LF Energy, a branch of the Linux Foundation focused on accelerating decarbonization goals of the energy and electricity sectors, has announced the release of a new open-source project. Grid eXchange Fabric (GXF) is an IoT platform that enables grid operators to “securely collect data and monitor, control, and manage smart devices on the grid.” 

The project was formerly known as the Open Smart Grid Platform (OSGP). It was developed by Alliander, which is a Dutch distribution system operator. GXF is the first project that the company contributed to the open-source community since becoming a member of LF Energy last year.

According to Alliander, in order to get better insight into infrastructure performance, grid operators typically add hardware that can gather data through IoT sensors. In addition, millions of distributed energy devices are entering the grid, and each of those require different tools and processes to ensure interoperability. The company explained that the purpose of GXF is to decrease the complexity and costs of accessing those devices through the creation of a single method to abstract data access.

“We have the tools necessary to make our power grid more efficient and better for our environment, but we’re running into a system integration problem at a global scale,” said Dr. Shuli Goodman, executive director of LF Energy. “Grid operators need a way to cut through the noise of different data access protocols to pull insights from smart devices directly. With the addition of GXF, the Grid eXchange Fabric, we will leverage the shared expertise of our community to tackle this problem head on.”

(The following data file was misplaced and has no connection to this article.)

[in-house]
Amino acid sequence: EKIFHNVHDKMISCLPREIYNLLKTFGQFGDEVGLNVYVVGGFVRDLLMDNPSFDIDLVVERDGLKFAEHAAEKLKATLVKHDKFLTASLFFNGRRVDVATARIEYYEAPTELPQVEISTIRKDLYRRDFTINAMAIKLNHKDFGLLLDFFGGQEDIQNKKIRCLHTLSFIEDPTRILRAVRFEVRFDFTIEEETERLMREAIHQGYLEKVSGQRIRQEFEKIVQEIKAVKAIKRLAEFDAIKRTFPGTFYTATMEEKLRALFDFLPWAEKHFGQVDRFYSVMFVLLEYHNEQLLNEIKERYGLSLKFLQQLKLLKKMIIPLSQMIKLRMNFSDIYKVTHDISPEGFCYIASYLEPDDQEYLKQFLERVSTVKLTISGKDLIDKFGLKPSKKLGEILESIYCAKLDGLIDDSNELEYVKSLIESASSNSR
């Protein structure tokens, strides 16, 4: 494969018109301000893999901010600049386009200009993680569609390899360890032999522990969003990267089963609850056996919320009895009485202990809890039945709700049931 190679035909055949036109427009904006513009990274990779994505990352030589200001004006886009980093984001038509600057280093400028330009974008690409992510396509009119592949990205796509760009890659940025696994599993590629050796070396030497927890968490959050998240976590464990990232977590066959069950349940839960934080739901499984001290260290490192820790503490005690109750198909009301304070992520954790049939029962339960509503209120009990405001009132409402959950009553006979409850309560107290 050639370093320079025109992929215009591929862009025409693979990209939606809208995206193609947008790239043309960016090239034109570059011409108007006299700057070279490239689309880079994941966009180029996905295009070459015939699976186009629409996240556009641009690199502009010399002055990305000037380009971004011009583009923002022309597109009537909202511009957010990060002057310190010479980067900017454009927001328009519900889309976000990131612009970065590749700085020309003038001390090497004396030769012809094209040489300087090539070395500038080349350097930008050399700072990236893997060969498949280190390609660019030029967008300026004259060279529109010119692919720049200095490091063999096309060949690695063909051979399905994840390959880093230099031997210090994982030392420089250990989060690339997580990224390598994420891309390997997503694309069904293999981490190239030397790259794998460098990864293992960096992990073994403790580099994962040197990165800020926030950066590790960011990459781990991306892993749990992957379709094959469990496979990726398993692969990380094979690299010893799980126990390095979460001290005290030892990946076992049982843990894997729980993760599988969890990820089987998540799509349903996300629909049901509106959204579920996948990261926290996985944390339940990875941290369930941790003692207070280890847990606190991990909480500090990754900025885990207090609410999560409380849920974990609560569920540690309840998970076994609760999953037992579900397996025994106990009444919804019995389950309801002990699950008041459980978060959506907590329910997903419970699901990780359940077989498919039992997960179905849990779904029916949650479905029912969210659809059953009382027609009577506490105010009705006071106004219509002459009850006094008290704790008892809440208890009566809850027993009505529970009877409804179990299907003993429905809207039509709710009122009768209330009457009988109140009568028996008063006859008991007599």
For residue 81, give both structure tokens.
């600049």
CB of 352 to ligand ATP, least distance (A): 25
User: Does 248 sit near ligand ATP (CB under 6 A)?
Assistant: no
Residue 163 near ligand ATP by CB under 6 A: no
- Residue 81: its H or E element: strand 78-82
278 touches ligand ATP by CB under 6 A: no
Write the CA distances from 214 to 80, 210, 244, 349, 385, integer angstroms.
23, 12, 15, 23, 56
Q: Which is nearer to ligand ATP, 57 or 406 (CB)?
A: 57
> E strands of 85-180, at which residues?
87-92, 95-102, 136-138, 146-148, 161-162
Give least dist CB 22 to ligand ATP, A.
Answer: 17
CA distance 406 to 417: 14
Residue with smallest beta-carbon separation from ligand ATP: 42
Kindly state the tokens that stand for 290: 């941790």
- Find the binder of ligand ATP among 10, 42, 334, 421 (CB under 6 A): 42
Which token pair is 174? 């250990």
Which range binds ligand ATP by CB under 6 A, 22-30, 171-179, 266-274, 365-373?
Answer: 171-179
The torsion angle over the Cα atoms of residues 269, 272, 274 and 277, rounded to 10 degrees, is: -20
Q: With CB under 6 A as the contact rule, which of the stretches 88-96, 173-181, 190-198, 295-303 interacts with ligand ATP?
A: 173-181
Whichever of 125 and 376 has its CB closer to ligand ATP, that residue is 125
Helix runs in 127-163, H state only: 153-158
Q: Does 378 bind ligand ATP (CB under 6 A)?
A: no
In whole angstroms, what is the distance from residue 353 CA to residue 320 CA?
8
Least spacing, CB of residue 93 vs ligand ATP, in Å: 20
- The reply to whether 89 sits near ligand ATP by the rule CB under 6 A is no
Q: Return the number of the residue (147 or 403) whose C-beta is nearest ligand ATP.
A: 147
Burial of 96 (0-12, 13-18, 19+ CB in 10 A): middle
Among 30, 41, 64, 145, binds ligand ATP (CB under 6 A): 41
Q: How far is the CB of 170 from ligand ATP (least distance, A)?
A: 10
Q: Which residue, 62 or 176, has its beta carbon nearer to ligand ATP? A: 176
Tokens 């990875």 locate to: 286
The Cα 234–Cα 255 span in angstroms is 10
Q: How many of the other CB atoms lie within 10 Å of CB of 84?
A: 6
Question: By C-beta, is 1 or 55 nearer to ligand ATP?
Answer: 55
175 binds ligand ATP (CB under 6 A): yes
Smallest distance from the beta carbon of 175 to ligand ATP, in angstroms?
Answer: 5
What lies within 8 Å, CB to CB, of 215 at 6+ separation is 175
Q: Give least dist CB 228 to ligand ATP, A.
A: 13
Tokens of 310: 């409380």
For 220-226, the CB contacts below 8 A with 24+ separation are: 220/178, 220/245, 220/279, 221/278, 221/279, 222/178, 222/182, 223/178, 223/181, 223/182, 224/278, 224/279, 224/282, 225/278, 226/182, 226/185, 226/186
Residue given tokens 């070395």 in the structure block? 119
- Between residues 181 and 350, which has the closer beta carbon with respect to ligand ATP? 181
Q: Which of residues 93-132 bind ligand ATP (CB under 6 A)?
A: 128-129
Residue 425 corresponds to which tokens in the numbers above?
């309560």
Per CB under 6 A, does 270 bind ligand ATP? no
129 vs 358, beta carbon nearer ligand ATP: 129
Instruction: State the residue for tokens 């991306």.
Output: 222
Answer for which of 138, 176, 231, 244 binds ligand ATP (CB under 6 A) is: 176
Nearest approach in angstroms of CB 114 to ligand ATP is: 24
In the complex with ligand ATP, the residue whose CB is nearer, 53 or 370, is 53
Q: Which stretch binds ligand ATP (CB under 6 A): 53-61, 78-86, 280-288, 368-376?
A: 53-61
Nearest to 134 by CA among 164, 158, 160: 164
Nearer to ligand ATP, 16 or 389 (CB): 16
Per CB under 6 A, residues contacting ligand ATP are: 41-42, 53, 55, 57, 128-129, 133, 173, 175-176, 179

GXF is enabling grid operators to create more advanced applications. For example, Alliander uses GXF to manage public street lights, and other companies are using it to manage microgrids.

Alliander believes that generally, GXF will be used by companies as a connectivity layer for collecting and directing large volumes of data.

LF Energy currently has seven other projects, including OperatorFabric, a smart assistant for operators; PowerSyBl, a computing framework for grid simulation and planning; RIAPS, a distributed energy developer platform; OpenEEMeter, a treatment of energy meter data for demand flexibility; Energy Market Methods Consortium (EM2) standards; and OEDI, a data platform for enabling advanced analytics and research innovation.